What Inspired Ultimate Justice, A Trey Fontaine Mystery
|Author, Ryder Islington|
I was fortunate enough to be a part of a wonderful critique group full of published authors, teachers, and women with vivid imaginations and vast experiences. I miss them terribly.
I had written three women’s fiction novels, three romances, and one western, and none were worth sending out. They had mostly viable plots and characterization and I was developing the skill of description and the senses, but none of them were really good. The first three didn’t have satisfying ending. The next two were very blah. The sixth one had a strong plot, but I just couldn’t make it interesting. The western ended up being more funny than adventurous. All seven of these books were historicals.
I’d finished the western and was due at the critique group but had nothing to share. So I sat in front of a blank screen and started with the what ifs. Being a big fan of mysteries and thrillers, I thought maybe I’d try something new. My what ifs landed on these questions: What if the bad guy was unique? Maybe very young? What if the good guys were very flawed? I had a couple of other what ifs that worked out, but they would give the mystery away, so I’ll keep them to myself.
With these few questions in my head, I whipped out two pages, not even taking time to spell check or revise, and headed off to critique group. When it was my turn, I read the two pages aloud while the other members read their copies. I was stunned when I heard them say, “Why have you been wasting your time trying to write romance? This is what you’re supposed to write.”
And then there was the time I had an encounter with a serial killer. No kidding! At a time in my life when I refused to watch the news or read the paper because the world was so horrible. Had I paid attention, I would have known that there was a man who was drove a little white pick-up along Interstate between the town I worked in and the town I lived in. He would ram a car from behind, then stop to exchange insurance information. Always late at night, or early in the morning. Always cars with a woman alone. Six women were raped and killed, and a seventh raped and left for dead. She gave a lot of details to the police.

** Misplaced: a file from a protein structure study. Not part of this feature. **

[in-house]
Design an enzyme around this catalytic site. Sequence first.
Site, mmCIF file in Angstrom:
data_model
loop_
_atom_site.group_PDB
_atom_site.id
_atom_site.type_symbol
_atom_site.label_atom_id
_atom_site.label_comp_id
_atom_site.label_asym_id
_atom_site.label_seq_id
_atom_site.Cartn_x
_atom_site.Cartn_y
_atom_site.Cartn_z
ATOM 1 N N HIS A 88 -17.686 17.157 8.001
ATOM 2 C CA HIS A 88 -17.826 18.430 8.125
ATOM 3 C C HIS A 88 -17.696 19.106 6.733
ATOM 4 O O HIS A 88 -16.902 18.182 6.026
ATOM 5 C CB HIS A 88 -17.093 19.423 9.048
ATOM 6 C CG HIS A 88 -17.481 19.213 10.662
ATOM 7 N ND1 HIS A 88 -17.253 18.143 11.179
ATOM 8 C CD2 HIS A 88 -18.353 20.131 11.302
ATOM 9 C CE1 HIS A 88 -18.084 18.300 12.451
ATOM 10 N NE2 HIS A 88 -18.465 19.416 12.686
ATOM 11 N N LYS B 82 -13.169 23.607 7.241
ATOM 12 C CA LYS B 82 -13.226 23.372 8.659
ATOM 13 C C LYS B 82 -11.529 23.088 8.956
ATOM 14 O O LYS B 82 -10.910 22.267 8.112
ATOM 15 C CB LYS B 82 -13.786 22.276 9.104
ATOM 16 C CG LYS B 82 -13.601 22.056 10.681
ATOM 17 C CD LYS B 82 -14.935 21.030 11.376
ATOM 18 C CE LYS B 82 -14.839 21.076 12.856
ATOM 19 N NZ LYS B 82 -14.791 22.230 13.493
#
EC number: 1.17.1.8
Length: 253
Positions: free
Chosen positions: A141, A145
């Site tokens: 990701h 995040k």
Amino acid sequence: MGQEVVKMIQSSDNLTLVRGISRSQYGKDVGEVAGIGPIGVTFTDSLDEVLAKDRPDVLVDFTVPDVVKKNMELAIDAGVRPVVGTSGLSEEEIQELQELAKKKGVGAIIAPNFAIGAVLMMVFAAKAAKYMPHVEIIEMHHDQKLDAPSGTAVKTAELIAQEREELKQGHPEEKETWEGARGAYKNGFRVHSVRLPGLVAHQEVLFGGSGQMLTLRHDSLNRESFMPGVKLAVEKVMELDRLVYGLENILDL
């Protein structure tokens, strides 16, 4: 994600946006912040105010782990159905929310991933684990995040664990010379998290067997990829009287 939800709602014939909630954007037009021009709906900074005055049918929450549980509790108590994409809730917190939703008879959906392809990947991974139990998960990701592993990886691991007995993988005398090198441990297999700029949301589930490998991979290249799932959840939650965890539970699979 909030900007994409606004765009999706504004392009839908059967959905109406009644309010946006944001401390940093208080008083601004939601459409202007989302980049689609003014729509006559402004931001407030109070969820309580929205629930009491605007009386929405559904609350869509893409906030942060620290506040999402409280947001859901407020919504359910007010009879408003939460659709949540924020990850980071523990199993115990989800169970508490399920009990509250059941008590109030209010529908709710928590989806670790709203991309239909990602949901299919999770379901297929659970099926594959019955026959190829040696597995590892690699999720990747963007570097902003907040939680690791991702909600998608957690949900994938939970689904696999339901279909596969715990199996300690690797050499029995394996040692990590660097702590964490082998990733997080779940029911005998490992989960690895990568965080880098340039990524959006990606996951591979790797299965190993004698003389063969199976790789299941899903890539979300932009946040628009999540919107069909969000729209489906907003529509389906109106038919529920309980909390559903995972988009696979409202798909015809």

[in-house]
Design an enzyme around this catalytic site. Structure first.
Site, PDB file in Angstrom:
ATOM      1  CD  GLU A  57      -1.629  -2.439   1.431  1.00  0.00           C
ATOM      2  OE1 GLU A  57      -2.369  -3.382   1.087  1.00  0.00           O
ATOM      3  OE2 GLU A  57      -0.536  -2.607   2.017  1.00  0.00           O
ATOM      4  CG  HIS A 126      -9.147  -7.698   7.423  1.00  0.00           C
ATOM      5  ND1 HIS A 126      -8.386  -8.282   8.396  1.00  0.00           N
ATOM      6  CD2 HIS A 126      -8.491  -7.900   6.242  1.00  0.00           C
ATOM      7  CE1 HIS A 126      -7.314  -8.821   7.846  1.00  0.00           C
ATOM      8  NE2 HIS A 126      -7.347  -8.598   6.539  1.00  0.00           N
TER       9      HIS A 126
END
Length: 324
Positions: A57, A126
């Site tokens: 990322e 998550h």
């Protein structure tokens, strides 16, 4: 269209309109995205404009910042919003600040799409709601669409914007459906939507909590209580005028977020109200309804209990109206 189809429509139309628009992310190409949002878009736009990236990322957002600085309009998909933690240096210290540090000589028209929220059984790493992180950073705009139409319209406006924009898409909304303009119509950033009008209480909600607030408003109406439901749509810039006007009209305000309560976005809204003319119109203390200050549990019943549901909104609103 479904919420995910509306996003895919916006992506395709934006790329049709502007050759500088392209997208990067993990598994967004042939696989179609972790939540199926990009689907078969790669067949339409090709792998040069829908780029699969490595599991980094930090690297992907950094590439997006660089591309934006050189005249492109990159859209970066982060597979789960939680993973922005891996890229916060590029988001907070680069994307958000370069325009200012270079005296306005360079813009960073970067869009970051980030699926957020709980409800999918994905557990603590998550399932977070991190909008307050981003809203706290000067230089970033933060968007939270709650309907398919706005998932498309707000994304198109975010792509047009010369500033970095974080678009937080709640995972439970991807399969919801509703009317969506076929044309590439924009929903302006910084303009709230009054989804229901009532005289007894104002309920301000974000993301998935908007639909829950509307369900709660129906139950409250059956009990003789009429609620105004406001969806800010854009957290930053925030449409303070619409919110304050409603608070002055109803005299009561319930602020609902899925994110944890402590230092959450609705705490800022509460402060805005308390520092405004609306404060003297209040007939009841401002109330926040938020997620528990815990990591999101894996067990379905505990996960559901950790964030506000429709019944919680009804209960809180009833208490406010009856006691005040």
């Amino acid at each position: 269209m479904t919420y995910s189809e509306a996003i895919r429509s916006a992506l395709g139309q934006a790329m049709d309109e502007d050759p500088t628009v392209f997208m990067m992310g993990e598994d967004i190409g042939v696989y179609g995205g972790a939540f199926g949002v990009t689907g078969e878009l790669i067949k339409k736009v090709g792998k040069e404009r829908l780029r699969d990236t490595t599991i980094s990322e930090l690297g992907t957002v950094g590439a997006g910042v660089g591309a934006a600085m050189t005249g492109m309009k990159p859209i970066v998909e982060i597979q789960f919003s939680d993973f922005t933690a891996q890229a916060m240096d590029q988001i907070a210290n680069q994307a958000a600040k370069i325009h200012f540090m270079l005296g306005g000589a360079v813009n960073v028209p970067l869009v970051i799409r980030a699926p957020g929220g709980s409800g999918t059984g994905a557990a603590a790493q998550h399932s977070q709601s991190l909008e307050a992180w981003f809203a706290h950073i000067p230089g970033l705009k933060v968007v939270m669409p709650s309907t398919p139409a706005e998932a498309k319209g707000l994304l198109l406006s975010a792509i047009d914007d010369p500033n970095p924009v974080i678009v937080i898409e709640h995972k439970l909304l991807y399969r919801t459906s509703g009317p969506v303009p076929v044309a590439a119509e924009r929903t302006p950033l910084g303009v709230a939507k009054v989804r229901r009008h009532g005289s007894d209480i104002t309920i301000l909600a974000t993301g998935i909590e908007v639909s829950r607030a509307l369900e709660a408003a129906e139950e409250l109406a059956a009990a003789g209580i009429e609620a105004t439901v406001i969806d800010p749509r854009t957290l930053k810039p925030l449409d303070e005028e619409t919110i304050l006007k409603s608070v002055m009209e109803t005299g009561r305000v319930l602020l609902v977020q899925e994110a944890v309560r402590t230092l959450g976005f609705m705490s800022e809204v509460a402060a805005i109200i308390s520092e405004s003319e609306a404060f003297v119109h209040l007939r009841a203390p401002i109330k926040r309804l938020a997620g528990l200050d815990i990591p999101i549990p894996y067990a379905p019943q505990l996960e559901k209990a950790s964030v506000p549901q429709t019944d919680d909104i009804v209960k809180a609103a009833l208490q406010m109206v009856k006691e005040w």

I would have been number eight. But when he hit me, a voice said, “Don’t stop!” and I didn’t. I hit the gas, and didn’t follow his lead when he passed me and pulled over several times. Several law enforcement agencies later, I needed a drink. Let me tell you, I learned to pay attention to the news.
Those first two pages became the opening of chapter two. I went through thirty-five revisions before I had a product worth publication. I learned as much in the editing process with the publishing company, as I learned writing the first million words in my writing career. I call this success.
I wrote the kind of book I would read. I’ve only had one reader with a critical remark and that remark was about the vividness of a disgusting scene. And it’s published. I’m pleased to be working on book two with the same main character, and the ‘what ifs’ are piling up in anticipation of a possible series. Stay tuned for Ultimate Game, A Trey Fontaine Mystery.
Ultimate Justice, A Trey Fontaine Mystery is receiving rave reviews from readers. http://www.ll-publications.com/ultimatejustice.html
The small town of Raven Bayou, Louisiana explodes as old money meets racial tension, and tortured children turn the table on abusive men. FBI Special Agent Trey Fontaine returns home to find the town turned upside down with mutilated bodies. Working with local homicide detectives, Trey is determined to get to the truth. A believer in empirical evidence, Trey ignores his instincts until he stares into the face of the impossible, and has to choose between what he wants to believe and the ugly truth.
A graduate of the University of California and former officer for a large sheriff’s department, RYDER ISLINGTON is now retired and doing what she loves: reading, writing, and gardening. She lives in Louisiana with her family, including a very large English Chocolate Lab, a very small Chinese pug, and a houseful of demanding cats. She can be contacted at RyderIslington@yahoo.com or visit her blog at http://ryderislington.wordpress.com
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